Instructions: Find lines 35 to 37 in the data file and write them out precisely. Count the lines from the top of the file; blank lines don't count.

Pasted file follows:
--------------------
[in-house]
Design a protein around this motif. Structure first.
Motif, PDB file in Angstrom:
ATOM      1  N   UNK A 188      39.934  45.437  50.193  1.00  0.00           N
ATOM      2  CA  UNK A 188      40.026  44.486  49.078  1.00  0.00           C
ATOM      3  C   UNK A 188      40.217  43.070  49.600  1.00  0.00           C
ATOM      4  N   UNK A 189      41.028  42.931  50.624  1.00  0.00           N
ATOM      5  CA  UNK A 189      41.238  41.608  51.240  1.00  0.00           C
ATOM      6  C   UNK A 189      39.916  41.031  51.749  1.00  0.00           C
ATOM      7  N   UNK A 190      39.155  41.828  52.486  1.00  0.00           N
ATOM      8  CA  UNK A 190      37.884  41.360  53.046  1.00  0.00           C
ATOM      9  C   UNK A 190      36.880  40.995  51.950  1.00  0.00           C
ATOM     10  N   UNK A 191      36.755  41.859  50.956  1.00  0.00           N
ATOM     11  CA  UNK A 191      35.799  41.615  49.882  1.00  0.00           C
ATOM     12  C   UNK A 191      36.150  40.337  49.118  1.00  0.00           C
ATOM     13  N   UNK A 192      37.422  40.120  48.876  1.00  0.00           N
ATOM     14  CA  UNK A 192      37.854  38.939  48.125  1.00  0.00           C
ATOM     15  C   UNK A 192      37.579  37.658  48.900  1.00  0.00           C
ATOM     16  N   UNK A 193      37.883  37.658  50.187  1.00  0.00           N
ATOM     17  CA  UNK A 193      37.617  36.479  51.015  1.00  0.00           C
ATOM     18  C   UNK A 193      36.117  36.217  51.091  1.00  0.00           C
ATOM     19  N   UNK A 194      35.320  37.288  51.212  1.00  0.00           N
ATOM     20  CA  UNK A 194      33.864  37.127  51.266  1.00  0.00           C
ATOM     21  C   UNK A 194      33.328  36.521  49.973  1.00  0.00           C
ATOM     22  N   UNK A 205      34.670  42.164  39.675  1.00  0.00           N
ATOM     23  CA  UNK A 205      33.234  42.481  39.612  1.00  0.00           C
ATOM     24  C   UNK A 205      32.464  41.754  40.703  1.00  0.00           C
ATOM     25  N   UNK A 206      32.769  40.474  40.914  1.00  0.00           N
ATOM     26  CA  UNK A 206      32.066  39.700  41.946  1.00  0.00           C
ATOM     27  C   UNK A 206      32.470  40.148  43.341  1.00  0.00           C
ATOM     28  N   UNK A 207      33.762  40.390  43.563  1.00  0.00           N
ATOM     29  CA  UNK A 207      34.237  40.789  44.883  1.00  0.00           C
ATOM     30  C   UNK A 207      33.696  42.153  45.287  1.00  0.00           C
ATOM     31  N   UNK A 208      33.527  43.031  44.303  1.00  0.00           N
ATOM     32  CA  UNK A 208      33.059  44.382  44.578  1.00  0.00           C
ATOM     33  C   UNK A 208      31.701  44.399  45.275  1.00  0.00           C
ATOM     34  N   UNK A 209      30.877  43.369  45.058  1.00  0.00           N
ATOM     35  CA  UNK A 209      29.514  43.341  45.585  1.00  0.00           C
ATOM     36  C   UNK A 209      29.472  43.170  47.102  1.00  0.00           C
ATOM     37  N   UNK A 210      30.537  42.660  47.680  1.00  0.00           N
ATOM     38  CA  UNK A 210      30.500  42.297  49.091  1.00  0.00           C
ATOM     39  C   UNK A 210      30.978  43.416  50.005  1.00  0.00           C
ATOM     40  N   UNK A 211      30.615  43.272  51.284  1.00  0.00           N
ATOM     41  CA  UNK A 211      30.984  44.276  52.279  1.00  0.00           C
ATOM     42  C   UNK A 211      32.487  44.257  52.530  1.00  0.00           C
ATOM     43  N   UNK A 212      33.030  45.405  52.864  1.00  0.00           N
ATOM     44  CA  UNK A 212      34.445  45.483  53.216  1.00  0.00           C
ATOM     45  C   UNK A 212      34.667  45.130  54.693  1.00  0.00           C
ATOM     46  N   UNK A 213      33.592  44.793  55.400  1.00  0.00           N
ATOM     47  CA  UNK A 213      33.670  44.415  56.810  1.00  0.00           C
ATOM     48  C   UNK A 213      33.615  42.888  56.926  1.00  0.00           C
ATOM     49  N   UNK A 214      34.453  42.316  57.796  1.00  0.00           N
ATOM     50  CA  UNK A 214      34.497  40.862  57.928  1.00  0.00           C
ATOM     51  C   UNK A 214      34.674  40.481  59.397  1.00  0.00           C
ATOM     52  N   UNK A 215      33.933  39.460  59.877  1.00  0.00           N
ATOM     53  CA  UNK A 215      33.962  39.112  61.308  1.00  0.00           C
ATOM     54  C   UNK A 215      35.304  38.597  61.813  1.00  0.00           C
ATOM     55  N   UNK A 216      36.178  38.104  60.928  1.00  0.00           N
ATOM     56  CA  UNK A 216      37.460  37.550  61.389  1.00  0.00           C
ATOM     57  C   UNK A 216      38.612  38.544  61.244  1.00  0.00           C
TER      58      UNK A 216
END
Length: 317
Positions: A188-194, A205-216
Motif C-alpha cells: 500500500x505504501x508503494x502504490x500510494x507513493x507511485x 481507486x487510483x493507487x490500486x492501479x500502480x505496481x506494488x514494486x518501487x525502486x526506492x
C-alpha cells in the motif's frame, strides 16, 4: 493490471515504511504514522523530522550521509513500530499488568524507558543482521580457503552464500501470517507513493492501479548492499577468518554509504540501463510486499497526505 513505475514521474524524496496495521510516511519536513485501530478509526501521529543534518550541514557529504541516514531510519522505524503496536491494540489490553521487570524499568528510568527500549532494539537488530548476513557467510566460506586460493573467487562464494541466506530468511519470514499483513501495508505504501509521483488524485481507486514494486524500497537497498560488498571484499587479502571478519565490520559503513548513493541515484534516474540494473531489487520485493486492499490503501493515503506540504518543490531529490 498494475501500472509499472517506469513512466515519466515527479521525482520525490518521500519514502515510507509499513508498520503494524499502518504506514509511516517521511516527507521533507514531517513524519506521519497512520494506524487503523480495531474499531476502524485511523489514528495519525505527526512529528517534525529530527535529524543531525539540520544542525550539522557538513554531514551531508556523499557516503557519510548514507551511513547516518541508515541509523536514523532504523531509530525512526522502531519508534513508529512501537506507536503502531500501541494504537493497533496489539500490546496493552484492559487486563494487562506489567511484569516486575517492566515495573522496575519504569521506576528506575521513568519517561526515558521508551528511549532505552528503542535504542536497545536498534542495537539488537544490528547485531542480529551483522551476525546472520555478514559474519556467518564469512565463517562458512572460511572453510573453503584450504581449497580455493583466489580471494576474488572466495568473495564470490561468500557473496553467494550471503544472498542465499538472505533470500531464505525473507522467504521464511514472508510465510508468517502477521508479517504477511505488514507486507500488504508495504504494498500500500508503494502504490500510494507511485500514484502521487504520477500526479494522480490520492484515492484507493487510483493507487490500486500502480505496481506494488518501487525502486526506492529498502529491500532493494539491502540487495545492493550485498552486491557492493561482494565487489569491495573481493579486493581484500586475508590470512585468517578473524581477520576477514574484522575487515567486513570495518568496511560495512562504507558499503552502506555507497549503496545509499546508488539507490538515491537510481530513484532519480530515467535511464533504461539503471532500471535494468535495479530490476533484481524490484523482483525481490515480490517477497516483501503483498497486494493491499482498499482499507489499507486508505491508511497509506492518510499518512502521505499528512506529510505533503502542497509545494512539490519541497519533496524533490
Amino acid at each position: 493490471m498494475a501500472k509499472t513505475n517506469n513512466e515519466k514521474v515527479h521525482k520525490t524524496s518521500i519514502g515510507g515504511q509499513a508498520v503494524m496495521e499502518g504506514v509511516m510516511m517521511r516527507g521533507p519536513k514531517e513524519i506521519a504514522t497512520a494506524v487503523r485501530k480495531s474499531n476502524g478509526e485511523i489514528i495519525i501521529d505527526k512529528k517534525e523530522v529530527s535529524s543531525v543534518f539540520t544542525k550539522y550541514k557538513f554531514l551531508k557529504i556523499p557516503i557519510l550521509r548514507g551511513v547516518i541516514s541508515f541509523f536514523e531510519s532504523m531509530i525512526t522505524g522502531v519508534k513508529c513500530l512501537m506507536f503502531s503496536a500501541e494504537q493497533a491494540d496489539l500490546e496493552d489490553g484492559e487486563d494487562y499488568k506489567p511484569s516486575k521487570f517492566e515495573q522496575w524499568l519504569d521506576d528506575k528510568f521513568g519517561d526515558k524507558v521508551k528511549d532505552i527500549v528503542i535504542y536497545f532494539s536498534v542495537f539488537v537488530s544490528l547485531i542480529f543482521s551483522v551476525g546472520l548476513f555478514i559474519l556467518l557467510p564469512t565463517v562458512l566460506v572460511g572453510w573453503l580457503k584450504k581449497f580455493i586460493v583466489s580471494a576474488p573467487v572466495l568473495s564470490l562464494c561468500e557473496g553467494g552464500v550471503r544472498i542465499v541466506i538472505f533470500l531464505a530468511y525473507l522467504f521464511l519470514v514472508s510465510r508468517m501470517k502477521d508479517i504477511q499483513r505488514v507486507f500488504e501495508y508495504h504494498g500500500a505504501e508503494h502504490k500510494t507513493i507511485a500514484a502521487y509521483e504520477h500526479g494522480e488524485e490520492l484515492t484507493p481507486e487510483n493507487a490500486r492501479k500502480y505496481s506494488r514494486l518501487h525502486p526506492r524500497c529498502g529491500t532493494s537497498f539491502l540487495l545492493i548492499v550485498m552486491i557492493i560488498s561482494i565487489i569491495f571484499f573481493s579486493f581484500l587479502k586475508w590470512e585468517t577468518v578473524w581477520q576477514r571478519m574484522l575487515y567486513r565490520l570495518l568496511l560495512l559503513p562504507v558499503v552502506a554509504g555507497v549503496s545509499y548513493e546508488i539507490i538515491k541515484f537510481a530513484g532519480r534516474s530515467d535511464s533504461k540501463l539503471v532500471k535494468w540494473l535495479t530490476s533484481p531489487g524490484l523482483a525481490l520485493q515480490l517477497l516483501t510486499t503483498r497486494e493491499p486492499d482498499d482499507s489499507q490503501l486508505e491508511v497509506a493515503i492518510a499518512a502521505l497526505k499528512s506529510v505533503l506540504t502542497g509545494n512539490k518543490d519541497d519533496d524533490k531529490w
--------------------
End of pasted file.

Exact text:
ATOM     32  CA  UNK A 208      33.059  44.382  44.578  1.00  0.00           C
ATOM     33  C   UNK A 208      31.701  44.399  45.275  1.00  0.00           C
ATOM     34  N   UNK A 209      30.877  43.369  45.058  1.00  0.00           N